You may have noticed that when the three eldest Trump children (and occasionally Tiffany, if she’s lucky) speak in public about the president, which is quite often, they nearly always refer to him as “father.” That shouldn’t be such a weird thing—Donald Trump is, clearly, their father—and yet when they do it, it is weird. Why?

Trump’s kids generally refer to him with eerily matching degrees of formality, which isn’t something the children of other politicians necessarily do—others might be nudged to broadcast folksy, average family relations, or, alternatively, to stay out of the spotlight. But the Trumps have always made clumsy attempts to perform wealth and prestige, and this habit seems to fall under the same gold-plated umbrella; in effect, rather than conveying some aristocratic, Kennedy-esque attitude, they sound more like the cyborg descendants of a Romanian crime syndicate.

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Pronunciation is another key reason why something feels off here. The grown children of Donald Trump—Ivanka and Donald Trump, Jr. in particular—say the word “father” like it has up to three A’s and at least one U, and also like they can only breathe through one nostril. It’s almost as though they are subconsciously trying to develop their own Habsburg-ian defect, or perhaps they’re trying to extend the word beyond its natural endpoint, a small but fitting tribute to America’s beloved God-King.

“I’m not in every interaction my faauther has, but he’s not a groper,” Ivanka smiles.

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“For my fauuther, impossible is just the starting point,” Don Jr. smirks.

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“My faughther pays a tremendous amount of tax,” Eric whines through chapped lips.

The pronunciation issue, my colleagues agree, may be partly physical.

(Privately, Kelly noted to me that “I also think it has to do, on some level, with wolf behaviors.”)

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But I wouldn’t be so struck by the fact that the Trump kids always call their dad “father” or the deeply cloying way they pronounce it if I weren’t hearing them do it so frequently, and with a propagandist’s touch. We don’t typically expect the children of a public servant to become aggressive spokespeople, repeatedly seeking the spotlight in order to spin, mischaracterize, and mythologize on that parent’s behalf—especially when two of them are also busy running his supposedly separate global business empire. I’m going to give them the benefit of the doubt and assume that Trump’s adult children recognize some of his flaws, but that recognition can only go so far when those problems seem to be largely inherited. And besides, who would Trump’s children be without him? He’s created a universe, one that all of us, increasingly, have to live in, in which the signature and rather overpowering ingredient is himself.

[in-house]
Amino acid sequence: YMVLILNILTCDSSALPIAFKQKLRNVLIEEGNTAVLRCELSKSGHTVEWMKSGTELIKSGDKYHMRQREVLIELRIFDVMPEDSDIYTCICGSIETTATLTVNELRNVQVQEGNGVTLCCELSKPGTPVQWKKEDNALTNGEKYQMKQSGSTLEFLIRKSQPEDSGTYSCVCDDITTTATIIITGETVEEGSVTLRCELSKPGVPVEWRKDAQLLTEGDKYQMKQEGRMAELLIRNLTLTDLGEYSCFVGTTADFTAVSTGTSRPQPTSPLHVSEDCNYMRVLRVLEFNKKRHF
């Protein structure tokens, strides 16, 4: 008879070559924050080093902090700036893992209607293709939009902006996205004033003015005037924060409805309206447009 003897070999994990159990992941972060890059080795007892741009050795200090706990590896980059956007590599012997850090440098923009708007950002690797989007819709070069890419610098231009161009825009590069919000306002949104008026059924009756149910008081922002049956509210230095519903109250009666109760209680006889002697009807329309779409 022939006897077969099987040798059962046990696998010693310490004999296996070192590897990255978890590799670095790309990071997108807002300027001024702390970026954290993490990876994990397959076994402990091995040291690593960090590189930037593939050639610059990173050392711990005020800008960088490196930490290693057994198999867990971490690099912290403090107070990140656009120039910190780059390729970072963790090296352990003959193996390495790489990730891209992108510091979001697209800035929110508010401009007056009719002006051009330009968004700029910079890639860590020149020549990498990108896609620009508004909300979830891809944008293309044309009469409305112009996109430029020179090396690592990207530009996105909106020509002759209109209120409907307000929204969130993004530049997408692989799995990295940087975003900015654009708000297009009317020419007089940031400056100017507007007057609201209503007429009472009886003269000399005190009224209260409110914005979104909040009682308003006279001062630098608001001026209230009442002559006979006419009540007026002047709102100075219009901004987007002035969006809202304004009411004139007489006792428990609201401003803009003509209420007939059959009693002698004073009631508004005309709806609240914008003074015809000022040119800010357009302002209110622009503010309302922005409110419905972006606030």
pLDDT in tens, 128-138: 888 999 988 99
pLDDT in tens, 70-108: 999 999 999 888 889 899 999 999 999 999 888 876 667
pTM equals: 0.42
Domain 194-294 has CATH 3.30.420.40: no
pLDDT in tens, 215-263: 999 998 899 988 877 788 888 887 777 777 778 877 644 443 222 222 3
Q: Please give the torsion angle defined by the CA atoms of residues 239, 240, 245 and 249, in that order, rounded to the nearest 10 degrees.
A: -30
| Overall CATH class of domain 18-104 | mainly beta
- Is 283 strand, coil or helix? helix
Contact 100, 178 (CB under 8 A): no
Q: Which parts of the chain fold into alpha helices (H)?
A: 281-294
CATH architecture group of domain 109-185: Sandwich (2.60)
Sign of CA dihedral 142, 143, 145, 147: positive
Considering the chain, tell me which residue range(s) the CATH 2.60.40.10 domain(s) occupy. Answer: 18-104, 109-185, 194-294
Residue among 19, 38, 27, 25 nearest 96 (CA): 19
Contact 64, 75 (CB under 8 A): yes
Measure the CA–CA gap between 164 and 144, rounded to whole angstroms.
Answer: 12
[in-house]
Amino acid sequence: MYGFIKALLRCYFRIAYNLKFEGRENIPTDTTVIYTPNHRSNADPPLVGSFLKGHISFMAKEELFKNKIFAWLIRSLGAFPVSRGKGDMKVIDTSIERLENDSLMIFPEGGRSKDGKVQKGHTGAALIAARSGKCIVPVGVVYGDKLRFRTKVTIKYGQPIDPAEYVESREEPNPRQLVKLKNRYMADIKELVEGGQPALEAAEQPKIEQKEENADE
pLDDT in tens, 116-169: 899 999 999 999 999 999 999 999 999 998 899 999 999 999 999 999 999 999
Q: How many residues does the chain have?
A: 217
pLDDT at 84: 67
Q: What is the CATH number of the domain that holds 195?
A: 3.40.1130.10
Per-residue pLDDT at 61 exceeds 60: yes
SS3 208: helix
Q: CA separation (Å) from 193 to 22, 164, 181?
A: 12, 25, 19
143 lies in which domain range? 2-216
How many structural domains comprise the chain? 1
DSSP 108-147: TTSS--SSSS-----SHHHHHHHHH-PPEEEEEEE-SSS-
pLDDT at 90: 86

In Ivanka Trump’s Women Who Work: Rewriting the Rules of Success, she mentions her father 17 times—not a surprising number for her, but a fairly man-oriented take on the women’s career empowerment genre. In between bland anecdotes that, for example, reframe a chummy job offer from Anna Wintour as a challenging career moment, we find sentences like, “My father has always said, if you love what you do, and work really, really hard, you will succeed,” and, “my father always says, if you’re going to be thinking anyway, you may as well be thinking big.” The guy who kibitzed about her boobs with Howard Stern doesn’t seem to make an appearance.